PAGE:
Currently, there are nearly 700 CAR-T studies in the database ClinicalTrials.gov, including 152 industry-sponsored trials that are active, recruiting or enrolling by invitation. According to market research firm, Coherent Market Insights, they predict the CAR-T market will grow to $8 billion worldwide by 2028 from $168 million in 2018.

Catherine Bollard, M.B.Ch.B., M.D., director of the Center for Cancer and Immunology Research at Children’s National Health System, was featured in a recent Bloomberg Law article stating that academics, industry participants and medical product regulators are trying to catch up with the technology and determine the best standards for developing these products. Although this is an exciting and positive time in the field of oncology, it also presents a big learning curve.

Making these cells requires extracting patients T cells. They are then genetically engineered in a laboratory to produce proteins that allow them to identify cancer-causing cells. The new cells are then multiplied and then reintroduced into the body to kill off the cancer cells. The entire process can take a few weeks to complete.

“This is not a drug,” Bollard said. “This is a living biologic, and it comes from the patient and individuals. There’s so much variability.”

Along with manufacturing challenges, the outlook on creating more therapies is looking good. The FDA predicts that it will be approving 10 to 20 gene therapy products a year by 2025. Other companies are working to develop a manufacturing platform that can help reduce the complexity of the current system and ultimately make CAR-T manufacturing easier to scale.

schistosome blood fluke

Therapy derived from parasitic worms downregulates proinflammatory pathways

schistosome blood fluke

A therapy derived from the eggs of the parasitic Schistosoma helps to protect against one of chemotherapy’s debilitating side effects by significantly downregulating major proinflammatory pathways, reducing inflammation.

A therapy derived from the eggs of parasitic worms helps to protect against one of chemotherapy’s debilitating side effects by significantly downregulating major proinflammatory pathways and reducing inflammation, indicates the first transcriptome-wide profiling of the bladder during ifosfamide-induced hemorrhagic cystitis.

The experimental model study findings were published online Feb. 7, 2019, in Scientific Reports.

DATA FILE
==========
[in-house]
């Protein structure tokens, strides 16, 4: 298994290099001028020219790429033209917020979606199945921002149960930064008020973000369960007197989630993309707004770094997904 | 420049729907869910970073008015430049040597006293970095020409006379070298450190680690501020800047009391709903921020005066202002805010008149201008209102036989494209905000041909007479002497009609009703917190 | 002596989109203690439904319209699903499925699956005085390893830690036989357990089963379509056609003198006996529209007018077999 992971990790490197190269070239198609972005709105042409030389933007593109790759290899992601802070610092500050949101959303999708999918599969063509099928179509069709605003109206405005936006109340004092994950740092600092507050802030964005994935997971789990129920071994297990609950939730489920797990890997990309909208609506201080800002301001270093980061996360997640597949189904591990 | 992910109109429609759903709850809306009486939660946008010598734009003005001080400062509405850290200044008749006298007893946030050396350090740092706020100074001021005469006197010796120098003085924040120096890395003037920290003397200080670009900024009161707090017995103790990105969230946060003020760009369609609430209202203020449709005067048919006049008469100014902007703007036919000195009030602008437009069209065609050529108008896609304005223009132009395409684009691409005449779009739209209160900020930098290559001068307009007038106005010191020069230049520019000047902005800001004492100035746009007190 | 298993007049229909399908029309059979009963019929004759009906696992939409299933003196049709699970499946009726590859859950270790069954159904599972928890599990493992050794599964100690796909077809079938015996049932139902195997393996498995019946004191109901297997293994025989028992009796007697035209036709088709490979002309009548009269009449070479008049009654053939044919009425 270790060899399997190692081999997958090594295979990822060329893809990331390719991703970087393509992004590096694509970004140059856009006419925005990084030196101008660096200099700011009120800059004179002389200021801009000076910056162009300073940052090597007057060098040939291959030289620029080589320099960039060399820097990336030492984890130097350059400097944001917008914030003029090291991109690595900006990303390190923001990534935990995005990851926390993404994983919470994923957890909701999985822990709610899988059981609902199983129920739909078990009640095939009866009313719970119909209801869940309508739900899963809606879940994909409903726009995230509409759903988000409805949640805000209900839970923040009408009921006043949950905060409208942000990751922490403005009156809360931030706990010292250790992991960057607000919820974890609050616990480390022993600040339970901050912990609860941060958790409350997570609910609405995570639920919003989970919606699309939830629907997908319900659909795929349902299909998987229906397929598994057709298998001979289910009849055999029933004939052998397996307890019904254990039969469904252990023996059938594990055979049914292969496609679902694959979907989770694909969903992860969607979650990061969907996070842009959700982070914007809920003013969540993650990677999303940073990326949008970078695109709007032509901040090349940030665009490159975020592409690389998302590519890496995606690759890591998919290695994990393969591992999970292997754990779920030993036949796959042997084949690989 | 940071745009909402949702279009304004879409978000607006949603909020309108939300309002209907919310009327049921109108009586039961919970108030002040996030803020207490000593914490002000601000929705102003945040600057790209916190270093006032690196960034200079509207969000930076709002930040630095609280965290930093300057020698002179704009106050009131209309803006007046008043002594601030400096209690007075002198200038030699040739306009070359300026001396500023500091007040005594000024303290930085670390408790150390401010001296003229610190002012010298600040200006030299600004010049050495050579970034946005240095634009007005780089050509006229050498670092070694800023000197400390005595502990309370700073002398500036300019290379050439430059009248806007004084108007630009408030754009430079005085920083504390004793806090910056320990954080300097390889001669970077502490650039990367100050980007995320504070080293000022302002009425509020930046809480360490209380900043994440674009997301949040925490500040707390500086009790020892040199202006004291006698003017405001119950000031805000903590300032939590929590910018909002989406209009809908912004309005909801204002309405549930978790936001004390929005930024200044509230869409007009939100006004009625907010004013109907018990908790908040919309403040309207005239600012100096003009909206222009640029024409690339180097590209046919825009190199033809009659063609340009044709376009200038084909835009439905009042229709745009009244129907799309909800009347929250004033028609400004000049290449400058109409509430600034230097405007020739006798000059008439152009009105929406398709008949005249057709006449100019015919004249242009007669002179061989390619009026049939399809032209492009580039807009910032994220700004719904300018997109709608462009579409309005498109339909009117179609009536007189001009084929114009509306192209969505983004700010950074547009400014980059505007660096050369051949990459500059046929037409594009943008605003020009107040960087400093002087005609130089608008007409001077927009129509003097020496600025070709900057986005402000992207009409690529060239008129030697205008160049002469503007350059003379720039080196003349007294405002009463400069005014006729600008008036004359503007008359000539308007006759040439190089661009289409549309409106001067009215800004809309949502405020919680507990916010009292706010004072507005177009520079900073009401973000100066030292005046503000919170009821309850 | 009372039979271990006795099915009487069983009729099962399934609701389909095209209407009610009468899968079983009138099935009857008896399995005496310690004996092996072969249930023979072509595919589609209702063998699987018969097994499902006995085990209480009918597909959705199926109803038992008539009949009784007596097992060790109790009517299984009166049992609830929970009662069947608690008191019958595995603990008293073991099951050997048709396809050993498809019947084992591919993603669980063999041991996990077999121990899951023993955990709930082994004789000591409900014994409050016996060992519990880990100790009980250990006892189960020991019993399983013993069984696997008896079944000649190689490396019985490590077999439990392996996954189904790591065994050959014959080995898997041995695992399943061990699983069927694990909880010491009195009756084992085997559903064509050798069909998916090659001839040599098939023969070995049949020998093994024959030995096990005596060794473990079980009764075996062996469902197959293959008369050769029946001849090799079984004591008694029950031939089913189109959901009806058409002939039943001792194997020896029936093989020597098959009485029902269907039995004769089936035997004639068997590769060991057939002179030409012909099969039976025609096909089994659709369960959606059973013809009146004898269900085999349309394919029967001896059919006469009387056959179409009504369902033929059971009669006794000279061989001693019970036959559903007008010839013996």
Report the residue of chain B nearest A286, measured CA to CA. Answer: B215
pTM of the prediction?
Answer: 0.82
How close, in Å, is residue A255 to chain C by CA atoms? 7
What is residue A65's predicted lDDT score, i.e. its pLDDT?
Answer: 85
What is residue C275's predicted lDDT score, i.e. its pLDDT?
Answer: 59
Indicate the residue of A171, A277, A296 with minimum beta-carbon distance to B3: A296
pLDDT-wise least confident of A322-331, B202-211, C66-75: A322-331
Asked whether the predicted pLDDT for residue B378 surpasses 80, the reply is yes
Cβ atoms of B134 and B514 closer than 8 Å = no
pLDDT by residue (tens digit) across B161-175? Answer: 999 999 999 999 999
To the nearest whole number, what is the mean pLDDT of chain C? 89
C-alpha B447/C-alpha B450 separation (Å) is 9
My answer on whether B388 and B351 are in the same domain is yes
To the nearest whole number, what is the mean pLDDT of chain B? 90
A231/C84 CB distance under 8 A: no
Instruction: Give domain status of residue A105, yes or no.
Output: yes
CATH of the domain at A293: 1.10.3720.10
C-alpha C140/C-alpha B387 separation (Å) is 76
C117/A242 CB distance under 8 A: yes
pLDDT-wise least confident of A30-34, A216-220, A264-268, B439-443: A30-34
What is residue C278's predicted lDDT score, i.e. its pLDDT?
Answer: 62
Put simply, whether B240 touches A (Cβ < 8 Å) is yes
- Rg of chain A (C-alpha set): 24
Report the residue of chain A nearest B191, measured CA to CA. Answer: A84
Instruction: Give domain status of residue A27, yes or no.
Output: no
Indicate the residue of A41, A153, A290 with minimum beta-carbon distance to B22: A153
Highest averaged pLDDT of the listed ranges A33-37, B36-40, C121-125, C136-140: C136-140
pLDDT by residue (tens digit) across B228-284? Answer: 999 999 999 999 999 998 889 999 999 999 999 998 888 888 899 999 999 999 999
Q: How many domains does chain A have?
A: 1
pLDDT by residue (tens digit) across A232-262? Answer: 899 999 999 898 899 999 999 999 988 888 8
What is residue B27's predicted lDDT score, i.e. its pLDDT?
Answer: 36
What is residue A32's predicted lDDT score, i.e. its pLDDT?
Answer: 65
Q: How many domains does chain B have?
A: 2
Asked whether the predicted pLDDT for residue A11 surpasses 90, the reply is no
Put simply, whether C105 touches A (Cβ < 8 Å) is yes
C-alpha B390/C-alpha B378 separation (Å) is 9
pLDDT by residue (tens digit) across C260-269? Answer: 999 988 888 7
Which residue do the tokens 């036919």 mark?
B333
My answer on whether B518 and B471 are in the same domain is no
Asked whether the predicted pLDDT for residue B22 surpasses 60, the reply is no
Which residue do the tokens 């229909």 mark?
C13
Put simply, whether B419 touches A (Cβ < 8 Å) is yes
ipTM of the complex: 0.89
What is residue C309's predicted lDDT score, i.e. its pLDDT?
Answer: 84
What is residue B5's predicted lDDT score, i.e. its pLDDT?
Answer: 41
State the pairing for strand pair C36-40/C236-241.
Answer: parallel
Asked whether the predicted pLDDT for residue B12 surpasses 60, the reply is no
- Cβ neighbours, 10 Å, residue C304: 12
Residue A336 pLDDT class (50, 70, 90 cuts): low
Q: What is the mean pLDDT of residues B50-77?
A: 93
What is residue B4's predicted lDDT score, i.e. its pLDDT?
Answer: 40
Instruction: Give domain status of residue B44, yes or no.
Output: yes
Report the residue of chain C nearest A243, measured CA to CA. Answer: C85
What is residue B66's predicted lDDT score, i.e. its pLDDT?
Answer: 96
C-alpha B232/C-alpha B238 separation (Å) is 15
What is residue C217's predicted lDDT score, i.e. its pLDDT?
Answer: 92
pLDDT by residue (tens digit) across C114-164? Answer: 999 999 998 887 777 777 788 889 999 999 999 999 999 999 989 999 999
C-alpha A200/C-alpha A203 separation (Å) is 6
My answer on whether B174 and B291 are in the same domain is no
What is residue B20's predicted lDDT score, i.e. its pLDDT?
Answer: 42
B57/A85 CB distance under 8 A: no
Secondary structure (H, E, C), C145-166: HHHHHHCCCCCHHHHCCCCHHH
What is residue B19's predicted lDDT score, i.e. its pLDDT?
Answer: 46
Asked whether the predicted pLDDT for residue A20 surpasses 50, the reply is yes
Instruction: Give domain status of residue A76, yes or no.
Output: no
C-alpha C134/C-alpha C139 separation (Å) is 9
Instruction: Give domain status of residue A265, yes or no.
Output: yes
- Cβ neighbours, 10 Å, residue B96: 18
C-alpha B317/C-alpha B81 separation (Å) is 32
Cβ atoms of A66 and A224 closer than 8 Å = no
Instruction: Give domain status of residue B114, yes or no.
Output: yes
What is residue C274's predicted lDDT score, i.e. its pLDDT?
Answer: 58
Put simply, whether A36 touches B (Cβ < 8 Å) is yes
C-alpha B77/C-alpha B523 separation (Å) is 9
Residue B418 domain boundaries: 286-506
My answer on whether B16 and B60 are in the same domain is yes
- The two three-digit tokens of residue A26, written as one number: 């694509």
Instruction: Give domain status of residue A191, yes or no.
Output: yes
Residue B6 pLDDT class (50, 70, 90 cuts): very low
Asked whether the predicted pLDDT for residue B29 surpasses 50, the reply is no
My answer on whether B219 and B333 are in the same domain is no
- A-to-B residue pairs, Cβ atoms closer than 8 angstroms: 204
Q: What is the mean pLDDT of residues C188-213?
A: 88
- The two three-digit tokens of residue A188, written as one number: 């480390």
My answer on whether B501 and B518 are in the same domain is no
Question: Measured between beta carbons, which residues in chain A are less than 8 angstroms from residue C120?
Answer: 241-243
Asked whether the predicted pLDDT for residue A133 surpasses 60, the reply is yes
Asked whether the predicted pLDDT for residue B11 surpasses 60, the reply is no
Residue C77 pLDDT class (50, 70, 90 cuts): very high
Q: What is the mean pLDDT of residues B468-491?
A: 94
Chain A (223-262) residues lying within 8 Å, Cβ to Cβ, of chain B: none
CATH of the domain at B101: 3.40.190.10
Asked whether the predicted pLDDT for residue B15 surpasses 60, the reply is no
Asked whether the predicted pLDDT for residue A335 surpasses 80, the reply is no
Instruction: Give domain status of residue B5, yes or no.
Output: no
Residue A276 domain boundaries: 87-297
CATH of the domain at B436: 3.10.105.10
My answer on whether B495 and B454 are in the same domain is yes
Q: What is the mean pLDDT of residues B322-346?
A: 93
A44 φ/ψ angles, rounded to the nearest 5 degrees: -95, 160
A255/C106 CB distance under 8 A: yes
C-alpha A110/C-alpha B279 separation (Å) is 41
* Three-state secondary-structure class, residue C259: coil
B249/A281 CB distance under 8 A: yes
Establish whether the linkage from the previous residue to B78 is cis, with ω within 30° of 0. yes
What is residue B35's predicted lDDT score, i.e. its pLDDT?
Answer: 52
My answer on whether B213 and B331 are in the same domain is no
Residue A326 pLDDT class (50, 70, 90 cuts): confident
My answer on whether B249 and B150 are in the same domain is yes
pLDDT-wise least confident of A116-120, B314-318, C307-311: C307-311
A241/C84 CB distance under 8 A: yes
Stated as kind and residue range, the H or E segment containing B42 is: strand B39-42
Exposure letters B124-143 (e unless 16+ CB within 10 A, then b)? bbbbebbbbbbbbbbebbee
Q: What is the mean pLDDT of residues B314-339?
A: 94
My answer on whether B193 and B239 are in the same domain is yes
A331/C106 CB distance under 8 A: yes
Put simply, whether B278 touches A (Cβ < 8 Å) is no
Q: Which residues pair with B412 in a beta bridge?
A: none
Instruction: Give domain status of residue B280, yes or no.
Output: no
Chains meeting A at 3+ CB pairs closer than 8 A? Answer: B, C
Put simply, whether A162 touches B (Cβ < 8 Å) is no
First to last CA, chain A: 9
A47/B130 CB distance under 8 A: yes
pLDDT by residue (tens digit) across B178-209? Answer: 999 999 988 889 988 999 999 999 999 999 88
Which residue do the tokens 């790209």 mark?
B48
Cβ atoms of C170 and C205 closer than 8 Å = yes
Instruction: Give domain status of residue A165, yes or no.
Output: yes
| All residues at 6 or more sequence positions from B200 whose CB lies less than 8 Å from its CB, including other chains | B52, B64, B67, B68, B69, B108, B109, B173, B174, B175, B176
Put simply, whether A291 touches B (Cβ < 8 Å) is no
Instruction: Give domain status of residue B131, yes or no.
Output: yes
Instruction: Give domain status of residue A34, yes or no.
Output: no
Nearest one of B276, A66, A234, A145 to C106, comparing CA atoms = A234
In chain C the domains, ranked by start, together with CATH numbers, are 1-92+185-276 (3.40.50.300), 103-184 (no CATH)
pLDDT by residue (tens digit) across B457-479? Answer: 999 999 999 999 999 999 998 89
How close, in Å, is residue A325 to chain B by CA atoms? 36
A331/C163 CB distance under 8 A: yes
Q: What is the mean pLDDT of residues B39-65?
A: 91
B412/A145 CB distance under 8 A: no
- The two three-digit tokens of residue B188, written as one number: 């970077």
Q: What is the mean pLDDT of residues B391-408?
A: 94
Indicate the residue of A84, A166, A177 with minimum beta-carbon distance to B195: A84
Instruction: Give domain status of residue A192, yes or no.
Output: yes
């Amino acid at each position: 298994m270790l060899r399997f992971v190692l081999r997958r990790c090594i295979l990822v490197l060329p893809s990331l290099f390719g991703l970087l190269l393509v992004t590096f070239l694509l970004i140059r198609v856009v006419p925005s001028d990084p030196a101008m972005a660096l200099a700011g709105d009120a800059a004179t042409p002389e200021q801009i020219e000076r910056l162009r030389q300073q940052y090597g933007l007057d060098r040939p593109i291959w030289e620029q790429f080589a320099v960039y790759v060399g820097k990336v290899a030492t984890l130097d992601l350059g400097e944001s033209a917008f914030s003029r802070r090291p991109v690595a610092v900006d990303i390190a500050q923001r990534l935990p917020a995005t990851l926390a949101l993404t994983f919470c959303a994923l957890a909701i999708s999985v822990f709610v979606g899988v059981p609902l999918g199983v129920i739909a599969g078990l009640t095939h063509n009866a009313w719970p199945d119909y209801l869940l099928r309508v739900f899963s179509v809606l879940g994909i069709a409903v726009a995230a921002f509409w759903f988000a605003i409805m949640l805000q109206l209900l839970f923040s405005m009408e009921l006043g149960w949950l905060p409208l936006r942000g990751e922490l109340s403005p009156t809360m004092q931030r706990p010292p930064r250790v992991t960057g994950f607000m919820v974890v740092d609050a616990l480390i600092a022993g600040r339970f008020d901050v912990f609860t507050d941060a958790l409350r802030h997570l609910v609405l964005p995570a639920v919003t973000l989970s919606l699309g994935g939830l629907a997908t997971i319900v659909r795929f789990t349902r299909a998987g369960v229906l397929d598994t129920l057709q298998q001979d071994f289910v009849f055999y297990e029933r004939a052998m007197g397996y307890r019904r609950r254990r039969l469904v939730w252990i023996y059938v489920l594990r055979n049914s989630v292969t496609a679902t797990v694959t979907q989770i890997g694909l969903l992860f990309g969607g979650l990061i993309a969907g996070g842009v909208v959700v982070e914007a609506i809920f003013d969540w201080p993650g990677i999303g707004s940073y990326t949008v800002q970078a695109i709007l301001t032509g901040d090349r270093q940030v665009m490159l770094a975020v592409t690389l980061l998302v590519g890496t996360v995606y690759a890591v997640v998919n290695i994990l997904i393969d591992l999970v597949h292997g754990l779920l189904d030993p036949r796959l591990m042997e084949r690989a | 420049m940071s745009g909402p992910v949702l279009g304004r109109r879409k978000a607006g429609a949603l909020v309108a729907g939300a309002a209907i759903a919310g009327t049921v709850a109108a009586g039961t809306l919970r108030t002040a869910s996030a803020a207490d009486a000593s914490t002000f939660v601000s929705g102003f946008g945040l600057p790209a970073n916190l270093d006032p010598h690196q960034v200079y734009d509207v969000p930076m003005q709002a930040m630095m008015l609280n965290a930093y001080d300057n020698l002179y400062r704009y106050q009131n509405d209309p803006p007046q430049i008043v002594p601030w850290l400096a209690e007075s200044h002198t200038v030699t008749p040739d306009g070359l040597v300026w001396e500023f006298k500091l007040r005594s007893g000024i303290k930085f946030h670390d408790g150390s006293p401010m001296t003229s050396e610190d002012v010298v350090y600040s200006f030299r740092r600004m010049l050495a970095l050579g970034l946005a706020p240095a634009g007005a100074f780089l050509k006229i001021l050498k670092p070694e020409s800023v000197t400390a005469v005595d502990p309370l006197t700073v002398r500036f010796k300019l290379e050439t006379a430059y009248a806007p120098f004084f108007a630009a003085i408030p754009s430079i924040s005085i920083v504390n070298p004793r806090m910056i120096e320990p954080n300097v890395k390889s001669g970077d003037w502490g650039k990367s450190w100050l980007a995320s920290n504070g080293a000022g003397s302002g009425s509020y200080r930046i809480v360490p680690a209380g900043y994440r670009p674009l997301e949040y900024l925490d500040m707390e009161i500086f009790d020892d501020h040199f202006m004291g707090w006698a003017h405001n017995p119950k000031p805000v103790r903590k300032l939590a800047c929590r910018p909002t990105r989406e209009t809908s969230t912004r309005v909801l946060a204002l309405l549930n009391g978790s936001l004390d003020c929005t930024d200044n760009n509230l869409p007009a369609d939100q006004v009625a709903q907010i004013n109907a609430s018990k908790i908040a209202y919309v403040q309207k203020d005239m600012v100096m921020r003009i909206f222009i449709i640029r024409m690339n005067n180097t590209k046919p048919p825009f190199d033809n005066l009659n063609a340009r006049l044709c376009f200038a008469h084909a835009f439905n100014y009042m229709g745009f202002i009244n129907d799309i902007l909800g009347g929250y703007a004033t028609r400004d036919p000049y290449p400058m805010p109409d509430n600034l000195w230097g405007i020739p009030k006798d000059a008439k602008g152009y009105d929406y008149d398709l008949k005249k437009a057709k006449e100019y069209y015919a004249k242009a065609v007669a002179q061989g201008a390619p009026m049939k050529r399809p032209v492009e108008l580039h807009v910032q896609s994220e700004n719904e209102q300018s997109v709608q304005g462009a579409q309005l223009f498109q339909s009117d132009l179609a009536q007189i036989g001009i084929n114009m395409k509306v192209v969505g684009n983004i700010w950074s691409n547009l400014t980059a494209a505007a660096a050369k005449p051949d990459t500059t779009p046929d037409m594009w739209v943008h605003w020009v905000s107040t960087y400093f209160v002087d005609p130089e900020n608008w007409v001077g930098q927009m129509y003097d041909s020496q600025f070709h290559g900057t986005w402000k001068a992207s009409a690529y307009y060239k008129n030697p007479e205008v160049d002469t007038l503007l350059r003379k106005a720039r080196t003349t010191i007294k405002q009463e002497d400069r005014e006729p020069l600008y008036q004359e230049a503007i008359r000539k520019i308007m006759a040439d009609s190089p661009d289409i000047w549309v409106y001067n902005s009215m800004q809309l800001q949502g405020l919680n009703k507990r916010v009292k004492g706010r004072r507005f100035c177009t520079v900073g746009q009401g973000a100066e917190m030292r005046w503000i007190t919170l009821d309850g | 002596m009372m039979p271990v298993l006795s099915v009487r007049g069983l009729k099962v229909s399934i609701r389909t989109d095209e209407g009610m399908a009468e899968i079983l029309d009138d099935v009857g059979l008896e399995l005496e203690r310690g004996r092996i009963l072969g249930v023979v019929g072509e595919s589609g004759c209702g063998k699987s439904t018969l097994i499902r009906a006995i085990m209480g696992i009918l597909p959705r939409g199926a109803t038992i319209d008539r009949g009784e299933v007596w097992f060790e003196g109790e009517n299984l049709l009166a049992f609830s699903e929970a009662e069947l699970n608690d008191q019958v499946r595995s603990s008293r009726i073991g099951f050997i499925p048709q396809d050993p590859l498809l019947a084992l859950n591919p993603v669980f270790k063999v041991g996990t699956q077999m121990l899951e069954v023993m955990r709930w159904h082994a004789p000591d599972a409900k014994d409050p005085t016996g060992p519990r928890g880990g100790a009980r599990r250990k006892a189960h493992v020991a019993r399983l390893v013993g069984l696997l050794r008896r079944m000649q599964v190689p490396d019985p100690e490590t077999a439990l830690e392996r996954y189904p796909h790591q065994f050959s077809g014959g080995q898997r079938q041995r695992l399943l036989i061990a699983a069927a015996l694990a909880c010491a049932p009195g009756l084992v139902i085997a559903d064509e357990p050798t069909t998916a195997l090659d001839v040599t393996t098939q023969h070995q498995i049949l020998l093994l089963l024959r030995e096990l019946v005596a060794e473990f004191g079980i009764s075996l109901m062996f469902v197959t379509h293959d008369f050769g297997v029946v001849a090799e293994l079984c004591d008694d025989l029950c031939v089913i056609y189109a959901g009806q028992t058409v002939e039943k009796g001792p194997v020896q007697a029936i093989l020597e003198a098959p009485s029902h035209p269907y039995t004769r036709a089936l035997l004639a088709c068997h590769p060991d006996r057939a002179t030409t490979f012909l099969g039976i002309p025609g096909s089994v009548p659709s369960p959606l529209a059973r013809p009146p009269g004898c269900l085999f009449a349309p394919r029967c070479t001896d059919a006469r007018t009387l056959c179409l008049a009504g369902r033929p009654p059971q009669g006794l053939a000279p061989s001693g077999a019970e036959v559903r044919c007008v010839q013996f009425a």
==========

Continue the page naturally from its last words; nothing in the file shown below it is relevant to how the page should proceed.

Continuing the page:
With hemorrhagic cystitis, a condition that can be triggered by anti-cancer therapies like the chemotherapy drug ifosfamide and other oxazaphosphorines, the lining of the bladder becomes inflamed and begins to bleed. Existing treatments on the market carry their own side effects, and the leading therapy does not treat established hemorrhagic cystitis.

Around the world, people can become exposed to parasitic Schistosoma eggs through contaminated freshwater. Once inside the body, the parasitic worms mate and produce eggs; these eggs are the trigger for symptoms like inflammation. To keep their human hosts alive, the parasitic worms tamp down excess inflammation by secreting a binding protein with anti-inflammatory properties.

With that biological knowledge in mind, a research team led by Michael H. Hsieh, M.D., Ph.D., tested a single dose of IPSE, an Interleukin-4 inducing, Schistosoma parasite-derived anti-inflammatory molecule and found that it reduced inflammation, bleeding and urothelial sloughing that occurs with ifosfamide-related hemorrhagic cystitis.

In this follow-up project, experimental models were treated with ifosfamide to learn more about IPSE’s protective powers.

The preclinical models were given either saline or IPSE before the ifosfamide challenge. The bladders of the experimental models treated with ifosfamide had classic symptoms, including marked swelling (edema), dysregulated contraction, bleeding and urothelial sloughing. In contrast, experimental models “pre-treated” with IPSE were shielded from urothelial sloughing and inflammation, the study team found.